By: Casey Johnston (@DarthHockey)
WARNING: There are spoilers ahead for the latest episode of The Flash.
A Plot: The People vs. Barry Allen
The Flash picked up right it left off in December, with Barry Allen arrested for the “murder” of Clifford DeVoe. This episode found the Scarlett Speedster falsely accused and on trial for that murder. There were obvious parallels between Barry and his father and even if it weren’t explicitly stated throughout the episode, we saw Grant Gustin successfully draw on the strength that John Wesley Shipp brought to the character of Henry Allen.
The cards were stacked against Barry from the start. Without his willingness to expose himself as the Flash, Barry had no chance to defeat the overwhelming amount of evidence against him. DeVoe really went all in on this, and it was so masterfully written that I honestly have no idea how Barry will get himself out of this. Coming out of this episode, it’s hard to believe he’ll get out of prison anytime soon yet it’s still inconceivable that Barry will spend more than an episode or two in Iron Heights.
Another thing I love about the story so far is that we still have no idea what DeVeo has against Barry. It’s been teased that there is a plan so intricate that Barry couldn’t possibly understand it, but the audience has been given no clue about this plan. We also have no idea why it involves Barry and I hope it stays that way for a while. In fact, as I believe I’ve written before, I don’t want DeVoe to have any connections to Barry’s past at all. I want DeVoe to simply be an evil genius with a diabolical plan and the Flash is simply in the way of his achieving that plan. Not every villain who comes along needs to have a personal grudge against Barry. In addition to getting away from speedster villains, it’s also nice that the writers have depersonalized the villains for Barry.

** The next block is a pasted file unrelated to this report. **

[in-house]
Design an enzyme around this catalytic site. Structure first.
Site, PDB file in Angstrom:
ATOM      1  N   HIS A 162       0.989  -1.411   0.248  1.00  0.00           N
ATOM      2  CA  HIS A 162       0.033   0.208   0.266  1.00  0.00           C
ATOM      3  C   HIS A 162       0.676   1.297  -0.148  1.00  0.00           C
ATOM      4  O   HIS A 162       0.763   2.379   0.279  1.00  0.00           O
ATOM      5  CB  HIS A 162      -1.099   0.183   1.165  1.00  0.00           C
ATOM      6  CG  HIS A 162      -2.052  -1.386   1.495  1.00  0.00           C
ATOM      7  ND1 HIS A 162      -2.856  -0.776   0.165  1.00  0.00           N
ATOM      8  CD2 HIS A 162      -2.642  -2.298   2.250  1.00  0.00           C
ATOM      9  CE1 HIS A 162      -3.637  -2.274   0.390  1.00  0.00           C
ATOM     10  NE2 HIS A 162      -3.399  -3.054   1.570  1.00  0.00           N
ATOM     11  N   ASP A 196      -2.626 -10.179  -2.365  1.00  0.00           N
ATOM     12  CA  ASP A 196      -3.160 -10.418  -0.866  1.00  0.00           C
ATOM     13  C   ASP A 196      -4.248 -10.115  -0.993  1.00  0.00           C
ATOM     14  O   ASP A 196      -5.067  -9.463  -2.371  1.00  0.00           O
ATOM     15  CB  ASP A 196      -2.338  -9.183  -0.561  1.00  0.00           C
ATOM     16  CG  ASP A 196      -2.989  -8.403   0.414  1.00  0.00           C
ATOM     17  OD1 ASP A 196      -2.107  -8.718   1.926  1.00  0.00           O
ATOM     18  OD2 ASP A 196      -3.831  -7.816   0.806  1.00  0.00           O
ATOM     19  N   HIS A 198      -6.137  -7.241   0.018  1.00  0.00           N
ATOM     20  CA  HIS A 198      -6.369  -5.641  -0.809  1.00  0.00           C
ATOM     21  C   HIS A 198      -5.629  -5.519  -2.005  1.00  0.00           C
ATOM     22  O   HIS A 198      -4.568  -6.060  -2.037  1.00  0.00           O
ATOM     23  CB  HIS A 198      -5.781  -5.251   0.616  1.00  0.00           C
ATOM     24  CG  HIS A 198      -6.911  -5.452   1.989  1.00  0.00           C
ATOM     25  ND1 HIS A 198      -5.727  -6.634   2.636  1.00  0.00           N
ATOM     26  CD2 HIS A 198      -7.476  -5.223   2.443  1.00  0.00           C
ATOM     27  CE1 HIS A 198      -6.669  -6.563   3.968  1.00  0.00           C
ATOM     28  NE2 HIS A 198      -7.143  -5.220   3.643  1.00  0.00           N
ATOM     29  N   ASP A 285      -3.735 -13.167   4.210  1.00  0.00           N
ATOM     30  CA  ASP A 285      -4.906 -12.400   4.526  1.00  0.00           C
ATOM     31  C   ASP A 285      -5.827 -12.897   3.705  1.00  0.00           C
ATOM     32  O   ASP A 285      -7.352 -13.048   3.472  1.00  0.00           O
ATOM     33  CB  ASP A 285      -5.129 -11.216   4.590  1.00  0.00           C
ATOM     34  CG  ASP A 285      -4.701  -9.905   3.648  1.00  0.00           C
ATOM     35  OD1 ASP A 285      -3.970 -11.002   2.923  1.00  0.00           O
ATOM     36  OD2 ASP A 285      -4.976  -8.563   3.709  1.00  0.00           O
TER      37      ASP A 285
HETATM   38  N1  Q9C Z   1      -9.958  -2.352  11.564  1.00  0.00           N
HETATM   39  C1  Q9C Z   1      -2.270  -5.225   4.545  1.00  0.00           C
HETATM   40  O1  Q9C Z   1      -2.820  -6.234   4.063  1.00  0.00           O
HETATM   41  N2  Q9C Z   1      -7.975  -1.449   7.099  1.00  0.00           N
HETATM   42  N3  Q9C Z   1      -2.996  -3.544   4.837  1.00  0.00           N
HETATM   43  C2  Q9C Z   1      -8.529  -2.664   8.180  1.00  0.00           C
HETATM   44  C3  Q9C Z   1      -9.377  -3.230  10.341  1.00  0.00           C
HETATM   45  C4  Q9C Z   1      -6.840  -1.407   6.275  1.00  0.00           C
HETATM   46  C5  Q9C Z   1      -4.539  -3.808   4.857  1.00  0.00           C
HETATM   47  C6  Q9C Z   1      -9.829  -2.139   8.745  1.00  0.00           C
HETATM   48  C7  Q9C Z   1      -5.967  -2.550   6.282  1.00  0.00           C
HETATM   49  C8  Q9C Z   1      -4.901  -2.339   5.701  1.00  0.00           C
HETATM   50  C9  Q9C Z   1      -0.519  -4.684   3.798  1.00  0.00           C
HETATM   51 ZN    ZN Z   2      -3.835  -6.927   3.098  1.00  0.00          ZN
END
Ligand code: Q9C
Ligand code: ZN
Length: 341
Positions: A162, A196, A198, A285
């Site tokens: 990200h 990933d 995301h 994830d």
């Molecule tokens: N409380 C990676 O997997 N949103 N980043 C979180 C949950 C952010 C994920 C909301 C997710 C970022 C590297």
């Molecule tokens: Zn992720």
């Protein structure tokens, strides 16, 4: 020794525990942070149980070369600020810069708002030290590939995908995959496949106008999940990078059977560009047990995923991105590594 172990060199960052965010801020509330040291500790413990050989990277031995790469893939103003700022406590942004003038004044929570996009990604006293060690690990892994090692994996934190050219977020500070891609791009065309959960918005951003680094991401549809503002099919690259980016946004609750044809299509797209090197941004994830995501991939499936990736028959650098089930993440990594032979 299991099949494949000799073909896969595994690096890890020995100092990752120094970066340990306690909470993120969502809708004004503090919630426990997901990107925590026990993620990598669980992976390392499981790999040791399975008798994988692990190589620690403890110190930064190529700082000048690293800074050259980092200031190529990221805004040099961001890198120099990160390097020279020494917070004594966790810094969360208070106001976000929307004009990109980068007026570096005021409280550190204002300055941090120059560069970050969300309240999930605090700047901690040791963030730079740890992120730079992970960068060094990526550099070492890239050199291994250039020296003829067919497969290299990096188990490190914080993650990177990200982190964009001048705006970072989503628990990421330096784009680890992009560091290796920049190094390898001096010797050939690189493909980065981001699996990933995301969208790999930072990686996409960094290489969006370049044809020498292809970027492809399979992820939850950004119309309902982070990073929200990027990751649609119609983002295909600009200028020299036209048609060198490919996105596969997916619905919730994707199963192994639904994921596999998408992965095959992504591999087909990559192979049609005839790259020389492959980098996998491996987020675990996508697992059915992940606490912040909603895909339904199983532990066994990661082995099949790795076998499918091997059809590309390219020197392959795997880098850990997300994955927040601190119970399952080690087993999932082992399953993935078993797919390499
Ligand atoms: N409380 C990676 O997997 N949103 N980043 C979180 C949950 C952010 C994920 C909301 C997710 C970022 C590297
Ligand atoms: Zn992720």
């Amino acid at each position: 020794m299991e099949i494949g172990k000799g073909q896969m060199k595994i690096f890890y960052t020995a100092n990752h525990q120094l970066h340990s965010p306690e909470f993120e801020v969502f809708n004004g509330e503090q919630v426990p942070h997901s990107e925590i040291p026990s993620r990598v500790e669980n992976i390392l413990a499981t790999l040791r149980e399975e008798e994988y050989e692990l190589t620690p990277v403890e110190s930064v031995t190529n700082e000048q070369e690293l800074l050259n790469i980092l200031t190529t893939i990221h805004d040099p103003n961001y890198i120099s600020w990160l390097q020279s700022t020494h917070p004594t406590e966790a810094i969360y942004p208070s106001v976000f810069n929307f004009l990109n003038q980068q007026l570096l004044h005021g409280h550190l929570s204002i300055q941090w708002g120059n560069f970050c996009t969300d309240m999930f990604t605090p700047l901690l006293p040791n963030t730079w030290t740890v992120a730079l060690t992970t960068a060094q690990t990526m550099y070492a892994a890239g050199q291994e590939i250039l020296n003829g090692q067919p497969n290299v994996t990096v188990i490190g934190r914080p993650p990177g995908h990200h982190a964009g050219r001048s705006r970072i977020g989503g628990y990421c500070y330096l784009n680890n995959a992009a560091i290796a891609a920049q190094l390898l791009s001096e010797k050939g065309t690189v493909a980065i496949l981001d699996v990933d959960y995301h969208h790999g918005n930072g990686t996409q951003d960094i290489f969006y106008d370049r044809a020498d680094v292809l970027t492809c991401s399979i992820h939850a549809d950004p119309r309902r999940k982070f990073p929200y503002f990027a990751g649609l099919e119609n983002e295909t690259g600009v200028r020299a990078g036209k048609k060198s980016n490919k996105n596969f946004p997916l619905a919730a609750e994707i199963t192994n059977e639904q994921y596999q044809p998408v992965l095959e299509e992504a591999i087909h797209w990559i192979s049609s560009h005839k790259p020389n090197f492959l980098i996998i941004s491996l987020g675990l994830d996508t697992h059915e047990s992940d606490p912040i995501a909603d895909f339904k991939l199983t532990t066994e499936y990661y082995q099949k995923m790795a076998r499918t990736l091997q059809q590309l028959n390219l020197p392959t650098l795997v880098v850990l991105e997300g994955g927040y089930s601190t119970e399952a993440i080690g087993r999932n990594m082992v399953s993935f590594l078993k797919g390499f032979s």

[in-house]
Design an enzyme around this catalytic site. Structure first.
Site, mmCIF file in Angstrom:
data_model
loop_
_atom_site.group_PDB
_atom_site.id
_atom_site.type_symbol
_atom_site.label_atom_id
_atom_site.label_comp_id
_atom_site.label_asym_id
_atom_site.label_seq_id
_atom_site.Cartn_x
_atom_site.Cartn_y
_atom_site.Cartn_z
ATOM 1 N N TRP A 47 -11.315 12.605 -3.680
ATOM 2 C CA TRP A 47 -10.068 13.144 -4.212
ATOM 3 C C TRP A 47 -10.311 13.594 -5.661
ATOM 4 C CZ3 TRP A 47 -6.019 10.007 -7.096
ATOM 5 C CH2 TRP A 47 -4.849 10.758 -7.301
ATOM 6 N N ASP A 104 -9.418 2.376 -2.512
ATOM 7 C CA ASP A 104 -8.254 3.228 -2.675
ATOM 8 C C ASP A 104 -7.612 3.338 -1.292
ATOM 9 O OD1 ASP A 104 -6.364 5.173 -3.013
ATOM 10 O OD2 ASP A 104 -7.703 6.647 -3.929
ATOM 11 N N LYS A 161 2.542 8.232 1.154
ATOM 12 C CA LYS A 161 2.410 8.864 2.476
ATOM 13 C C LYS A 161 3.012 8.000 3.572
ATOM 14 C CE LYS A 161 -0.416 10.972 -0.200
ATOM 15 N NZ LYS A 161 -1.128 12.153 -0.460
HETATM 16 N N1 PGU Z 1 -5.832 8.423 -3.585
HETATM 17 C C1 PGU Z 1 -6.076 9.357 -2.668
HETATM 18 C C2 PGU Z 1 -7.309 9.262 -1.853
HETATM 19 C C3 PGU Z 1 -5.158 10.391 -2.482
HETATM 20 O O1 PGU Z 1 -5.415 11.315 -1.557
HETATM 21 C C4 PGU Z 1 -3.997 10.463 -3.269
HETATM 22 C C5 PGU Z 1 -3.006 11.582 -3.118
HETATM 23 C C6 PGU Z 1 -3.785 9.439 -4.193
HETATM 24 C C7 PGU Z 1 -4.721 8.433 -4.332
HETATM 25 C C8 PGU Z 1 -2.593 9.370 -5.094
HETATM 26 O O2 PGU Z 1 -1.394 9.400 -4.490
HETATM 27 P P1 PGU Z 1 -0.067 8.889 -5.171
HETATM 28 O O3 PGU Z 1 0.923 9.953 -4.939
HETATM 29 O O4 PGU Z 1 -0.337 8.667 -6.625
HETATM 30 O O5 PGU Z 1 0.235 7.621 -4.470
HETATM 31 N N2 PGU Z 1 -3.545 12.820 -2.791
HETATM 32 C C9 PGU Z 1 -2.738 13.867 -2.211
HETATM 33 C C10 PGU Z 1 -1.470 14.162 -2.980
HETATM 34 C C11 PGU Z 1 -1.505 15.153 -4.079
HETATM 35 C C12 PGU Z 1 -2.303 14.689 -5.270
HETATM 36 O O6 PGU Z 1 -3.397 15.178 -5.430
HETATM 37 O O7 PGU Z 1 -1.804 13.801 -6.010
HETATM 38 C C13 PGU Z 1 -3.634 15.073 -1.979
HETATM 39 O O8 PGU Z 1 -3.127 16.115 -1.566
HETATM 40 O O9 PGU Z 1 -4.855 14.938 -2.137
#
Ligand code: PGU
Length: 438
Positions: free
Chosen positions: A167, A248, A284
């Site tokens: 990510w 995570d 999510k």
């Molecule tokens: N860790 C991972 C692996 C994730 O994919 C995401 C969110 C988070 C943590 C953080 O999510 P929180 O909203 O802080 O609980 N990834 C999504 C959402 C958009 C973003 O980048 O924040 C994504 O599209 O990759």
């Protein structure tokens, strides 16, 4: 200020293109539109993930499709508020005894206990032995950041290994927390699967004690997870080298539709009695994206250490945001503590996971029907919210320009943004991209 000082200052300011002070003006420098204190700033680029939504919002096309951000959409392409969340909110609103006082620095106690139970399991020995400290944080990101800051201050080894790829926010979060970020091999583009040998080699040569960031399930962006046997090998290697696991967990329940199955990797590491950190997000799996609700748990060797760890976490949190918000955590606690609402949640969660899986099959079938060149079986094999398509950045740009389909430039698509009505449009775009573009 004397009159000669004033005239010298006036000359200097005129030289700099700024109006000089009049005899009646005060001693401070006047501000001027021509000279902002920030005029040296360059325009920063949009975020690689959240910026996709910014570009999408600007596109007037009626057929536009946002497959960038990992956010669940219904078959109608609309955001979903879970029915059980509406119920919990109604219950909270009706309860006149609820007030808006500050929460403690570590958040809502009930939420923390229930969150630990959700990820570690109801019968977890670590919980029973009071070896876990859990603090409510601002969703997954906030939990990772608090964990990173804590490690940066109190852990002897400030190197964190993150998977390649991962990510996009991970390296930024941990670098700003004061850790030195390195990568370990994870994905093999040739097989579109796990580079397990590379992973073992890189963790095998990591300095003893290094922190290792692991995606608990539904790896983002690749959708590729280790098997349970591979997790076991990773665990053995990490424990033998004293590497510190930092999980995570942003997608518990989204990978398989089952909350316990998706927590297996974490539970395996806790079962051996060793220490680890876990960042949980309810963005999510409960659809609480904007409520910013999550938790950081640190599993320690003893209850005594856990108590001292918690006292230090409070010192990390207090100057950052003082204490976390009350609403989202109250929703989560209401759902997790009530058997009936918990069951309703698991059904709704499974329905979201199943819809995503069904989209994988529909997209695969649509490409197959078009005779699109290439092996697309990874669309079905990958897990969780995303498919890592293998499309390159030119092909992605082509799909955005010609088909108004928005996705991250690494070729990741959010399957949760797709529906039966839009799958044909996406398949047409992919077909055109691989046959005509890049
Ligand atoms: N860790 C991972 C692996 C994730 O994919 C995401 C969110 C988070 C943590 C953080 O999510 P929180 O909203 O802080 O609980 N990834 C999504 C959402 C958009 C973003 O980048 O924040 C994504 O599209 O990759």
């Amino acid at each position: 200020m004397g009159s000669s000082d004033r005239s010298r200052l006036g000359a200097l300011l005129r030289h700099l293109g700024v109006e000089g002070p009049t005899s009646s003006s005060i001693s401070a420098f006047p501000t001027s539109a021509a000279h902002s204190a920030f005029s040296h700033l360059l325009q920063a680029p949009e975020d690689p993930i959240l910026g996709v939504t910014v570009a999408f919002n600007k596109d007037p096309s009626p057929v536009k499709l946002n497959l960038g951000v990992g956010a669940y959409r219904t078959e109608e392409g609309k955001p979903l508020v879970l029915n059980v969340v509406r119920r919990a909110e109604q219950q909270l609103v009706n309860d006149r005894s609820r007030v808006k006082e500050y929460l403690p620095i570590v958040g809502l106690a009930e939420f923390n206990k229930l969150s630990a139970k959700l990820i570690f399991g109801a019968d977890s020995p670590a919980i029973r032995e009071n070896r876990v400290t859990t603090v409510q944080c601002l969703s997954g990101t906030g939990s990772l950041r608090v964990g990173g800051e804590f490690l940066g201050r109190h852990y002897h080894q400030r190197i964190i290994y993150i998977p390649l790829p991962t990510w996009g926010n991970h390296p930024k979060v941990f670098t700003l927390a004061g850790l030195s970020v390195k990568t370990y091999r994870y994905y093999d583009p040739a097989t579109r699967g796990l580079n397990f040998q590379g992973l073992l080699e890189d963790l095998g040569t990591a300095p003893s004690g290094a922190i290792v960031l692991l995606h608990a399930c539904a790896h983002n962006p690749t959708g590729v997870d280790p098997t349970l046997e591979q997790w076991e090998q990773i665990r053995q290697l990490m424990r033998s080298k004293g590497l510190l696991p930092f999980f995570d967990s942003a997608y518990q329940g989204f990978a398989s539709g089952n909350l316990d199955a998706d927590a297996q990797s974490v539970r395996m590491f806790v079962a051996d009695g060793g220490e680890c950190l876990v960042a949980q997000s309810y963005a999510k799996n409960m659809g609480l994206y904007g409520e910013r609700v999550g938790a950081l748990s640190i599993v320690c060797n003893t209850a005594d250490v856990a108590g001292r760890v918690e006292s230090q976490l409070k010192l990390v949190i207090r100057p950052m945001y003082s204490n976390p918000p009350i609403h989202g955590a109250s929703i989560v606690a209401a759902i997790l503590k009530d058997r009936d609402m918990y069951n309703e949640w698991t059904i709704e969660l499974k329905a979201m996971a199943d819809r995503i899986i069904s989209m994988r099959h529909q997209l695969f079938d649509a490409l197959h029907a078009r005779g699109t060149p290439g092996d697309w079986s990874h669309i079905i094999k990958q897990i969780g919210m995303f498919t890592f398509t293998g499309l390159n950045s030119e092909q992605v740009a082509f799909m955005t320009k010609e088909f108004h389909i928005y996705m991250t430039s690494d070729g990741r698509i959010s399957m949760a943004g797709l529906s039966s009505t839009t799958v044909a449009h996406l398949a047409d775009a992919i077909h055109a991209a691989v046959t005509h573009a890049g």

B Plot: Fallout
Tonight saw the introduction of Neil Borman, a.k.a. Fallout. Having only appeared in a handful of issues, Fallout is a minor character with a heartbreaking story. He was the lone survivor of a nuclear incident that left his emitting radioactivity from his body. He inadvertently killed his family and as a result turned himself into Iron Heights. While there, he was forced to use his power to constantly power the prison. When the Flash heard about this torturous treatment he put a stop to it. However, Fallout remained at Iron Heights because he thought of it as his home.
The version of Neil Borman we met tonight didn’t come with much of a backstory. We don’t know how he got his powers or if he had a family that he tragically killed. He simply wasn’t the focus of tonight’s episode. In fact, I suspect that his small arc served not only as a means to give Team Flash something to do in Barry’s absence but to give Captain Singh a reason to call the Flash a hero while the judge calls Barry a menace. It worked well and I’m certainly not complaining about the events that led up to this powerful moment, but I’m saying that this was probably just really good filler and we shouldn’t expect to see Fallout ever again.
Thanks for reading!